While the D2C space offers FMCG brands great opportunities to build their own customer base, it also requires significant investment in marketing and advertising to drive consumers to these channels. The space also faces challenges in creating a clear value proposition compared to offline or marketplace channels. Handling returns is a challenge in D2C as there is a high cost incurred on logistics while it is outbound for the consumer and there is then an additional cost of it being returned by the consumer. Similarly, providing exceptional customer experience is a challenge for D2C businesses, as it requires catering to unique needs of each individual consumer through digital channels. However, corporates have found their own ways of dealing with it. "Corporates have leveraged their brand name and targeted activations to drive customers on their D2C channel. They have curated their product portfolio for D2C - focussed on large pack size and premium products. Some corporates have also taken inorganic route and acquired relevant D2C brands, these measures help the companies to overcome the immediate bottlenecks in the space," said Anand Ramanathan, partner, Deloitte India.

Developing a D2C website also helps FMCG companies overcome some of the existing challenges. A D2C website offers advantages such as greater control over branding and messaging, real time access to valuable customer data such as customer preferences, purchase history and quicker feedback loops. "It also provides Innovation opportunities such as hyper-personalization and an overall better customer experience which builds greater customer loyalty. A D2C website can be a strategic move for Indian FMCG companies looking to grow and compete in a dynamic market," Ramanathan added.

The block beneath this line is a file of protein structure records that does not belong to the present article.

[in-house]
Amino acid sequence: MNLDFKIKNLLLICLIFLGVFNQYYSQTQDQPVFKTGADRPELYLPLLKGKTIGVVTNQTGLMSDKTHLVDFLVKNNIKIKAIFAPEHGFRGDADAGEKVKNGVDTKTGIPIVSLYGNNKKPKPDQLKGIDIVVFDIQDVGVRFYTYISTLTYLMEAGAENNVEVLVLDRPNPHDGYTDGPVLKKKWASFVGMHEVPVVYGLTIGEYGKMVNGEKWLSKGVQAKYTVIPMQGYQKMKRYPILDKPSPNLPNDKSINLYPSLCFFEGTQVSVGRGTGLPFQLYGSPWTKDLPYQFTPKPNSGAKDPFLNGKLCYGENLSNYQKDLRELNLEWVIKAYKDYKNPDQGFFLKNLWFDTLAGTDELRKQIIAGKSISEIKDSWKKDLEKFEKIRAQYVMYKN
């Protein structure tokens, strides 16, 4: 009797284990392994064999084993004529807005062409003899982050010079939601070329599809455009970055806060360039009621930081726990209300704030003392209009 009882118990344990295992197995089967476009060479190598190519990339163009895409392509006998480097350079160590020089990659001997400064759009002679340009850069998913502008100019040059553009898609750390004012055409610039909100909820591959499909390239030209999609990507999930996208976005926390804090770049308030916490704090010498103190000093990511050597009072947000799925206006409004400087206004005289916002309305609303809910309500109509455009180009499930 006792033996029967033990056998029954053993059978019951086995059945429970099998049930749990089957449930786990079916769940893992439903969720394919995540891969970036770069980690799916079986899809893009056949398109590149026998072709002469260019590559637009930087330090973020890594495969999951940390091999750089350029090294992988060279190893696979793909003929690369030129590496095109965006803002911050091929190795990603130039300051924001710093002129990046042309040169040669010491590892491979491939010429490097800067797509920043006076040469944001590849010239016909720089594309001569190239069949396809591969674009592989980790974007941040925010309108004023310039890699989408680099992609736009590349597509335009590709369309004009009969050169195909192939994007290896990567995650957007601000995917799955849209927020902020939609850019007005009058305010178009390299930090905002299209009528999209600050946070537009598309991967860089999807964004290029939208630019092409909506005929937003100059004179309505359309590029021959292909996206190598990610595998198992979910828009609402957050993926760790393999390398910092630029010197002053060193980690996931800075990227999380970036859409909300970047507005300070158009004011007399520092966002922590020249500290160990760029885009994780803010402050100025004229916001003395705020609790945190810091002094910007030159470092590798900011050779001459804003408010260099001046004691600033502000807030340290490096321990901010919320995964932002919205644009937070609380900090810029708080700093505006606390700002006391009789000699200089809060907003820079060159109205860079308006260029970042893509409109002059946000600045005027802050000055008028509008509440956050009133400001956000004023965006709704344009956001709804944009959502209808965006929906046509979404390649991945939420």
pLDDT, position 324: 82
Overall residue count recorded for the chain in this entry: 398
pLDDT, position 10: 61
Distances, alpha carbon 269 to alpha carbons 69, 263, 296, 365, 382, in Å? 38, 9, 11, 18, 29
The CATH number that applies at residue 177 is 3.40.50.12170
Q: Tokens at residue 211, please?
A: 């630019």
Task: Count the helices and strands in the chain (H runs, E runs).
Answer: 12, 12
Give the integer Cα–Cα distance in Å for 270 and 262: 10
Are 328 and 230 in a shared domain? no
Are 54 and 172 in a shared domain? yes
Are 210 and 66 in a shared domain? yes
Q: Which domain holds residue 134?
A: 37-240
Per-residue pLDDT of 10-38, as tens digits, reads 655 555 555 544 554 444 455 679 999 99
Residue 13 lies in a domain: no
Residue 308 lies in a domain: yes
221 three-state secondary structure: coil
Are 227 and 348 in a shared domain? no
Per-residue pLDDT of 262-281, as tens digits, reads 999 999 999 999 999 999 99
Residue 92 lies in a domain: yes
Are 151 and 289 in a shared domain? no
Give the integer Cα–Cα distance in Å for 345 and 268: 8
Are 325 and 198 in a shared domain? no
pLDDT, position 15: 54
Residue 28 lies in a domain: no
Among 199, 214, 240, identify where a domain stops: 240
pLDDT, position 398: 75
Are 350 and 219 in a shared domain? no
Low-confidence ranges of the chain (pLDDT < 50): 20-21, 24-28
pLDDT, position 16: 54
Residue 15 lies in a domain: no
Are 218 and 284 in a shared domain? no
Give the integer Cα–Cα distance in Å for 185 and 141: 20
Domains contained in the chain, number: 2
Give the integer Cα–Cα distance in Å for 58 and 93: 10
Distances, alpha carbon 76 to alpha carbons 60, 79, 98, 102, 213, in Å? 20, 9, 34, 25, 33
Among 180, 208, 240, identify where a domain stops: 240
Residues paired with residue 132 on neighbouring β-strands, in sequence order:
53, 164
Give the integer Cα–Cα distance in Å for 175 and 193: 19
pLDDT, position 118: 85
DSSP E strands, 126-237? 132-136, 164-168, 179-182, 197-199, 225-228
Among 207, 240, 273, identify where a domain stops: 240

Additionally, the supply side revolution of better digital and physical infrastructure is fueling brand adoption and increasing comfort with purchases on digital channels. It helps companies build better connections in regions beyond urban areas and create a preferred consumer experience. "Consumers in Tier II and Tier III are value conscious and do not mind the incremental effort to shop on brand D2C sites to secure better deals. The other advantages of consumer connect continue to be relevant in these markets as well."

The Covid-19 pandemic has accelerated digitization and Tier-II/ III cities are the strongest force behind this thrust in the digital economy. "Tier II cities will account for approximately 80 per cent of the online shoppers between 2020 and 2030. Brands are keen to explore the untapped user base present in Tier II-plus cities. However, retailers and distributors may struggle to keep premium products in stock due to limited pockets of demand. D2C channel enables corporates to service the end consumer in these geographies," explained Ramanathan.

Shrabona Ghosh


A journalist with a cosmopolitan mindset. I lead a project called 'Corporate Innovations' wherein I cover corporates across verticals and try to tell stories on innovations. Apart from this, I write industry pieces on FMCGs, auto, aviation, 5G and defense.